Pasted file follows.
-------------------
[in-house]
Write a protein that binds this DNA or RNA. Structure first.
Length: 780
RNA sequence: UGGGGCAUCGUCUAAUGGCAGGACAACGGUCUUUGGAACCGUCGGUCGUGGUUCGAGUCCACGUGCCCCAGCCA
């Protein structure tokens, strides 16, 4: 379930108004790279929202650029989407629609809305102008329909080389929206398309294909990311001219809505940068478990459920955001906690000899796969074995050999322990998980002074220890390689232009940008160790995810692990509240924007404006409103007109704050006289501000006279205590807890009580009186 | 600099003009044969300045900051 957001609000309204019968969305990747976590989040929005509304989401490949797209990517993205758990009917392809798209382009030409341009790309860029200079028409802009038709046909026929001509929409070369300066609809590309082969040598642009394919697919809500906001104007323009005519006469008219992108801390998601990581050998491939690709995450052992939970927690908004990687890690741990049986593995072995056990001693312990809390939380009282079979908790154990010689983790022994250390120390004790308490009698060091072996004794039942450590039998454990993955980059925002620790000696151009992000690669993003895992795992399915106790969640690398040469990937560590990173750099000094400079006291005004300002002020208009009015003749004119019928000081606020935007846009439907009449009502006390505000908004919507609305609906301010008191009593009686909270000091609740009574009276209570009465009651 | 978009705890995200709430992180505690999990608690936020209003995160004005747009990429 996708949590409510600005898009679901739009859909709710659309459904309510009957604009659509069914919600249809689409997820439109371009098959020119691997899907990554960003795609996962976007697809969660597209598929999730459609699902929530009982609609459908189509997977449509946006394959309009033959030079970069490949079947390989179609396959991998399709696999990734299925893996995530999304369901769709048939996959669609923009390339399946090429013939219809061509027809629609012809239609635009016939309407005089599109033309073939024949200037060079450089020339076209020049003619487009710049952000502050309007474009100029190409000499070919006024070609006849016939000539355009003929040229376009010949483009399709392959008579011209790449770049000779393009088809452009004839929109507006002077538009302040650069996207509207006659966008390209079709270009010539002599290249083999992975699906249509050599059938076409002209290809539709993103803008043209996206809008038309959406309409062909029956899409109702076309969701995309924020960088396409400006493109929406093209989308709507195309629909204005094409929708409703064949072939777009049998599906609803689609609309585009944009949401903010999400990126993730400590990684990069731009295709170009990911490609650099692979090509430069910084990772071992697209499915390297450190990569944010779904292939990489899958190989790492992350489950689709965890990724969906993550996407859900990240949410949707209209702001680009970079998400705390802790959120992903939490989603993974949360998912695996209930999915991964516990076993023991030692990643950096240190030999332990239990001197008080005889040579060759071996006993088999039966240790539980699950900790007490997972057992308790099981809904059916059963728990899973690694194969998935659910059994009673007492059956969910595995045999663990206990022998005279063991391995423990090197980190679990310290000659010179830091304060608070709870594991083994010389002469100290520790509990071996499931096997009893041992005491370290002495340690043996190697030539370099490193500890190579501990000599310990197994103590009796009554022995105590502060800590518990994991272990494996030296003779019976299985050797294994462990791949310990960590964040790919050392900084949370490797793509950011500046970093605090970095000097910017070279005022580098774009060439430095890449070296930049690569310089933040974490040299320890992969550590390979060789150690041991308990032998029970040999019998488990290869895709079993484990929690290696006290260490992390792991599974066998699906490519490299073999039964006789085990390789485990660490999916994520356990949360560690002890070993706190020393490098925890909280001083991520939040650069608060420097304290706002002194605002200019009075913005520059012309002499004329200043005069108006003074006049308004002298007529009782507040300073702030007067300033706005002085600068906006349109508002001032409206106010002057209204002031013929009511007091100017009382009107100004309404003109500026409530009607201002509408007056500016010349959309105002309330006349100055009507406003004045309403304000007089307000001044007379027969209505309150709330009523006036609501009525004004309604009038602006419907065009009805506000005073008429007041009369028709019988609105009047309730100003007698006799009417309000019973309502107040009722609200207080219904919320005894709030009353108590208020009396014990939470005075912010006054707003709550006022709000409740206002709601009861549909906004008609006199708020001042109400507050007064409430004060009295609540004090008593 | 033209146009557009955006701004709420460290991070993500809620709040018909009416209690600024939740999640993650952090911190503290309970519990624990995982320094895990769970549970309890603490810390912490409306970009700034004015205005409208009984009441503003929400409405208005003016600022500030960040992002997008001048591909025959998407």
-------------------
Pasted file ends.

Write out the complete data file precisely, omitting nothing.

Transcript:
[in-house]
Write a protein that binds this DNA or RNA. Structure first.
Length: 780
RNA sequence: UGGGGCAUCGUCUAAUGGCAGGACAACGGUCUUUGGAACCGUCGGUCGUGGUUCGAGUCCACGUGCCCCAGCCA
């Protein structure tokens, strides 16, 4: 379930108004790279929202650029989407629609809305102008329909080389929206398309294909990311001219809505940068478990459920955001906690000899796969074995050999322990998980002074220890390689232009940008160790995810692990509240924007404006409103007109704050006289501000006279205590807890009580009186 | 600099003009044969300045900051 957001609000309204019968969305990747976590989040929005509304989401490949797209990517993205758990009917392809798209382009030409341009790309860029200079028409802009038709046909026929001509929409070369300066609809590309082969040598642009394919697919809500906001104007323009005519006469008219992108801390998601990581050998491939690709995450052992939970927690908004990687890690741990049986593995072995056990001693312990809390939380009282079979908790154990010689983790022994250390120390004790308490009698060091072996004794039942450590039998454990993955980059925002620790000696151009992000690669993003895992795992399915106790969640690398040469990937560590990173750099000094400079006291005004300002002020208009009015003749004119019928000081606020935007846009439907009449009502006390505000908004919507609305609906301010008191009593009686909270000091609740009574009276209570009465009651 | 978009705890995200709430992180505690999990608690936020209003995160004005747009990429 996708949590409510600005898009679901739009859909709710659309459904309510009957604009659509069914919600249809689409997820439109371009098959020119691997899907990554960003795609996962976007697809969660597209598929999730459609699902929530009982609609459908189509997977449509946006394959309009033959030079970069490949079947390989179609396959991998399709696999990734299925893996995530999304369901769709048939996959669609923009390339399946090429013939219809061509027809629609012809239609635009016939309407005089599109033309073939024949200037060079450089020339076209020049003619487009710049952000502050309007474009100029190409000499070919006024070609006849016939000539355009003929040229376009010949483009399709392959008579011209790449770049000779393009088809452009004839929109507006002077538009302040650069996207509207006659966008390209079709270009010539002599290249083999992975699906249509050599059938076409002209290809539709993103803008043209996206809008038309959406309409062909029956899409109702076309969701995309924020960088396409400006493109929406093209989308709507195309629909204005094409929708409703064949072939777009049998599906609803689609609309585009944009949401903010999400990126993730400590990684990069731009295709170009990911490609650099692979090509430069910084990772071992697209499915390297450190990569944010779904292939990489899958190989790492992350489950689709965890990724969906993550996407859900990240949410949707209209702001680009970079998400705390802790959120992903939490989603993974949360998912695996209930999915991964516990076993023991030692990643950096240190030999332990239990001197008080005889040579060759071996006993088999039966240790539980699950900790007490997972057992308790099981809904059916059963728990899973690694194969998935659910059994009673007492059956969910595995045999663990206990022998005279063991391995423990090197980190679990310290000659010179830091304060608070709870594991083994010389002469100290520790509990071996499931096997009893041992005491370290002495340690043996190697030539370099490193500890190579501990000599310990197994103590009796009554022995105590502060800590518990994991272990494996030296003779019976299985050797294994462990791949310990960590964040790919050392900084949370490797793509950011500046970093605090970095000097910017070279005022580098774009060439430095890449070296930049690569310089933040974490040299320890992969550590390979060789150690041991308990032998029970040999019998488990290869895709079993484990929690290696006290260490992390792991599974066998699906490519490299073999039964006789085990390789485990660490999916994520356990949360560690002890070993706190020393490098925890909280001083991520939040650069608060420097304290706002002194605002200019009075913005520059012309002499004329200043005069108006003074006049308004002298007529009782507040300073702030007067300033706005002085600068906006349109508002001032409206106010002057209204002031013929009511007091100017009382009107100004309404003109500026409530009607201002509408007056500016010349959309105002309330006349100055009507406003004045309403304000007089307000001044007379027969209505309150709330009523006036609501009525004004309604009038602006419907065009009805506000005073008429007041009369028709019988609105009047309730100003007698006799009417309000019973309502107040009722609200207080219904919320005894709030009353108590208020009396014990939470005075912010006054707003709550006022709000409740206002709601009861549909906004008609006199708020001042109400507050007064409430004060009295609540004090008593 | 033209146009557009955006701004709420460290991070993500809620709040018909009416209690600024939740999640993650952090911190503290309970519990624990995982320094895990769970549970309890603490810390912490409306970009700034004015205005409208009984009441503003929400409405208005003016600022500030960040992002997008001048591909025959998407």